Monthly Archives: February 2009

Delegating Direct Democracy: Interparty Legislative Competition and the Adoption of the Initiative in the American States

When a minority party gains tenuous control of the legislature, or when a majority feels that it might become the minority soon, then legislators gain an incentive to weaken the legislature by empowering the median voter. Today, voters in 24 states can make policy directly through the initiative process. In most of these states, the […]

Who is Mobilized to Vote? A Re-Analysis of 11 Field Experiments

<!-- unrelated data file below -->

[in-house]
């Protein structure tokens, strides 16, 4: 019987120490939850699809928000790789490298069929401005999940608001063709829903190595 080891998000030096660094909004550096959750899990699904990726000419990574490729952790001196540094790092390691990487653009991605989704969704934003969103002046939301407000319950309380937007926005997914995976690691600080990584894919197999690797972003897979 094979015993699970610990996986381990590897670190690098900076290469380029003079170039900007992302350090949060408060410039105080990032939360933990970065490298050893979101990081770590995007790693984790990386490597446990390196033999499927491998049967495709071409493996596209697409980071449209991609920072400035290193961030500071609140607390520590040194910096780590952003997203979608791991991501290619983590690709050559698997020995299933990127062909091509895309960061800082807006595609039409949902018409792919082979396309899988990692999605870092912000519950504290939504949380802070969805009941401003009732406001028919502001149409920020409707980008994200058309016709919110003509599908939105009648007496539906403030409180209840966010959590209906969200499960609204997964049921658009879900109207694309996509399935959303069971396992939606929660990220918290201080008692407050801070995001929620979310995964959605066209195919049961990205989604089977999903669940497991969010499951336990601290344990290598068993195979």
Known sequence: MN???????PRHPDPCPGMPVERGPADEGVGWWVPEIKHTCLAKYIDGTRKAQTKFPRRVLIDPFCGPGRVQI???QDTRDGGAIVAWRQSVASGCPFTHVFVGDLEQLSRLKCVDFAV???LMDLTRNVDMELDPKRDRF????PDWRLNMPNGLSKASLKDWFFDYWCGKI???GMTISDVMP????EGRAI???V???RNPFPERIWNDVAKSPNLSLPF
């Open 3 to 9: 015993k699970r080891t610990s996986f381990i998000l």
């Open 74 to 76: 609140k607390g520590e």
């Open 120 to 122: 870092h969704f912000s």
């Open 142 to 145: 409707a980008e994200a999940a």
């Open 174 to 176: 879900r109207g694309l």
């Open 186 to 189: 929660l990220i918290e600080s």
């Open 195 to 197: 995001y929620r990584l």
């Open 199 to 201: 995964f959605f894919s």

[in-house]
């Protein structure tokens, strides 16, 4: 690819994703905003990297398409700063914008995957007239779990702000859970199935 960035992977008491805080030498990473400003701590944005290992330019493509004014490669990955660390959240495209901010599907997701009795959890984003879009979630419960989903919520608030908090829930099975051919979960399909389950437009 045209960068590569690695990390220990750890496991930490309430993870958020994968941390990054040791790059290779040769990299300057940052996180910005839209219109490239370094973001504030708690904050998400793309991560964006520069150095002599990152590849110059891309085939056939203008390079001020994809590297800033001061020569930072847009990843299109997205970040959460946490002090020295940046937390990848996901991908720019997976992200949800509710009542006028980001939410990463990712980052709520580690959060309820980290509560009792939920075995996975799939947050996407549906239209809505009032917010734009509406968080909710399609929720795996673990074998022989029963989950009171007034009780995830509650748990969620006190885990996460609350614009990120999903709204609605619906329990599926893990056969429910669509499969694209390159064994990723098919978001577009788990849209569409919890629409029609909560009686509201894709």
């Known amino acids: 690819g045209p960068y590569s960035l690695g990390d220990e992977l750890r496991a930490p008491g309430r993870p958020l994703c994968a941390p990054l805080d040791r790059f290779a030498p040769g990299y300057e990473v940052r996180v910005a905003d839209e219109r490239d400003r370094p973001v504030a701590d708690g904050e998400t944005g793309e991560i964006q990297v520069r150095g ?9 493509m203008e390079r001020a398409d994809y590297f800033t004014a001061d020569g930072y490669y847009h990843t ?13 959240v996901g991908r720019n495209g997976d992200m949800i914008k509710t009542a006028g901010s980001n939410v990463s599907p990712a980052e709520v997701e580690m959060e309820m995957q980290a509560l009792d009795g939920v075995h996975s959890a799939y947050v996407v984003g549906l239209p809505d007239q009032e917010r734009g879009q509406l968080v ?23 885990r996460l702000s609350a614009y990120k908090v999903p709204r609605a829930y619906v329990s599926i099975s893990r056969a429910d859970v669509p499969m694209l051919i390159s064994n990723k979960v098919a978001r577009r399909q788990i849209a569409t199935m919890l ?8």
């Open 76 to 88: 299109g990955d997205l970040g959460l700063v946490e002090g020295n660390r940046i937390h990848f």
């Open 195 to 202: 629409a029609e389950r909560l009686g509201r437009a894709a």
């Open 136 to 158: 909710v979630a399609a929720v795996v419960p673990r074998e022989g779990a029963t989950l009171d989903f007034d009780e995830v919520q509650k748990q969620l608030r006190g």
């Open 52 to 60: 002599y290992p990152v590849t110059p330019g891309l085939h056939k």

Efficient campaign managers should identify these fence-sitters and mobilize only them Recent randomized experiments have shown that door-to-door mobilization efforts can have massive payoffs, boosting turnout by 7 to 10 percentage points among those targeted. But although previous studies have shown that mobilization has a large aggregate effect, they have not shown whether mobilization effects […]

A Formal Model of Learning and Policy Diffusion

Much of the empirical work to date has not adequately distinguished [game-theoretic] learning-based policy diffusion from [decision-theoretic] myopic individual adoptions. Those who advocate federalism argue that devolution improves policy outcomes nationwide by providing opportunities for local experimentation. In the words of Louis Brandeis, justice of the U.S. Supreme Court (1932): It is one of the […]